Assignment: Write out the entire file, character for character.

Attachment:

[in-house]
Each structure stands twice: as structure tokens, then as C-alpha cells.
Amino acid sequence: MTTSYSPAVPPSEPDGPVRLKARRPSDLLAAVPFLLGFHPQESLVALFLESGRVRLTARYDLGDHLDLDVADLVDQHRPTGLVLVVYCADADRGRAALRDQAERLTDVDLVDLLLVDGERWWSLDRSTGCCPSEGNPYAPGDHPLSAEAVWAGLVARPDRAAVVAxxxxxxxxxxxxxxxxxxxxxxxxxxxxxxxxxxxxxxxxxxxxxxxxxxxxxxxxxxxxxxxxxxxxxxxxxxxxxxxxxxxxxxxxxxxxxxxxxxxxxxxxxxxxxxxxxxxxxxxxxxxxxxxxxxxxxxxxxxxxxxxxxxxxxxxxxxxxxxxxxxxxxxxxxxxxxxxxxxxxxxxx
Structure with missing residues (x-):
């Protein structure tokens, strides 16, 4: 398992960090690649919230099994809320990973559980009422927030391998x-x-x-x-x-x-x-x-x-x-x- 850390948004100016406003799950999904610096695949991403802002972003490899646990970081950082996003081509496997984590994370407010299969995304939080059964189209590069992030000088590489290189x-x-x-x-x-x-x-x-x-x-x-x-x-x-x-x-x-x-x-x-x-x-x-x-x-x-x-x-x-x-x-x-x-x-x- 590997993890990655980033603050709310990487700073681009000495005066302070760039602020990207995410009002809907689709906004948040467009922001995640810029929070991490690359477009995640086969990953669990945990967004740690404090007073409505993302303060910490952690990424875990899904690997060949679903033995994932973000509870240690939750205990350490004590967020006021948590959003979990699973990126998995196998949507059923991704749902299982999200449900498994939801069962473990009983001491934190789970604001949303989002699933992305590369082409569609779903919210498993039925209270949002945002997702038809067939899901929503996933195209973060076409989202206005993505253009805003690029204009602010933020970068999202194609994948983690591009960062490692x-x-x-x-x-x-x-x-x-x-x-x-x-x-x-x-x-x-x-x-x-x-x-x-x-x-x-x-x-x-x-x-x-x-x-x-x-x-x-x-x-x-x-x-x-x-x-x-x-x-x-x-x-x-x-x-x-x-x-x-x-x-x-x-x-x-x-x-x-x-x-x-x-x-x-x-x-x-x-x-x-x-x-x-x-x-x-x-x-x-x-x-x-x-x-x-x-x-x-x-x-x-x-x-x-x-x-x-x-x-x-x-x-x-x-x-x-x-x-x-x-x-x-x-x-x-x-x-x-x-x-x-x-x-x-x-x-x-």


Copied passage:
[in-house]
Each structure stands twice: as structure tokens, then as C-alpha cells.
Amino acid sequence: MTTSYSPAVPPSEPDGPVRLKARRPSDLLAAVPFLLGFHPQESLVALFLESGRVRLTARYDLGDHLDLDVADLVDQHRPTGLVLVVYCADADRGRAALRDQAERLTDVDLVDLLLVDGERWWSLDRSTGCCPSEGNPYAPGDHPLSAEAVWAGLVARPDRAAVVAxxxxxxxxxxxxxxxxxxxxxxxxxxxxxxxxxxxxxxxxxxxxxxxxxxxxxxxxxxxxxxxxxxxxxxxxxxxxxxxxxxxxxxxxxxxxxxxxxxxxxxxxxxxxxxxxxxxxxxxxxxxxxxxxxxxxxxxxxxxxxxxxxxxxxxxxxxxxxxxxxxxxxxxxxxxxxxxxxxxxxxxx
Structure with missing residues (x-):
């Protein structure tokens, strides 16, 4: 398992960090690649919230099994809320990973559980009422927030391998x-x-x-x-x-x-x-x-x-x-x- 850390948004100016406003799950999904610096695949991403802002972003490899646990970081950082996003081509496997984590994370407010299969995304939080059964189209590069992030000088590489290189x-x-x-x-x-x-x-x-x-x-x-x-x-x-x-x-x-x-x-x-x-x-x-x-x-x-x-x-x-x-x-x-x-x-x- 590997993890990655980033603050709310990487700073681009000495005066302070760039602020990207995410009002809907689709906004948040467009922001995640810029929070991490690359477009995640086969990953669990945990967004740690404090007073409505993302303060910490952690990424875990899904690997060949679903033995994932973000509870240690939750205990350490004590967020006021948590959003979990699973990126998995196998949507059923991704749902299982999200449900498994939801069962473990009983001491934190789970604001949303989002699933992305590369082409569609779903919210498993039925209270949002945002997702038809067939899901929503996933195209973060076409989202206005993505253009805003690029204009602010933020970068999202194609994948983690591009960062490692x-x-x-x-x-x-x-x-x-x-x-x-x-x-x-x-x-x-x-x-x-x-x-x-x-x-x-x-x-x-x-x-x-x-x-x-x-x-x-x-x-x-x-x-x-x-x-x-x-x-x-x-x-x-x-x-x-x-x-x-x-x-x-x-x-x-x-x-x-x-x-x-x-x-x-x-x-x-x-x-x-x-x-x-x-x-x-x-x-x-x-x-x-x-x-x-x-x-x-x-x-x-x-x-x-x-x-x-x-x-x-x-x-x-x-x-x-x-x-x-x-x-x-x-x-x-x-x-x-x-x-x-x-x-x-x-x-x-």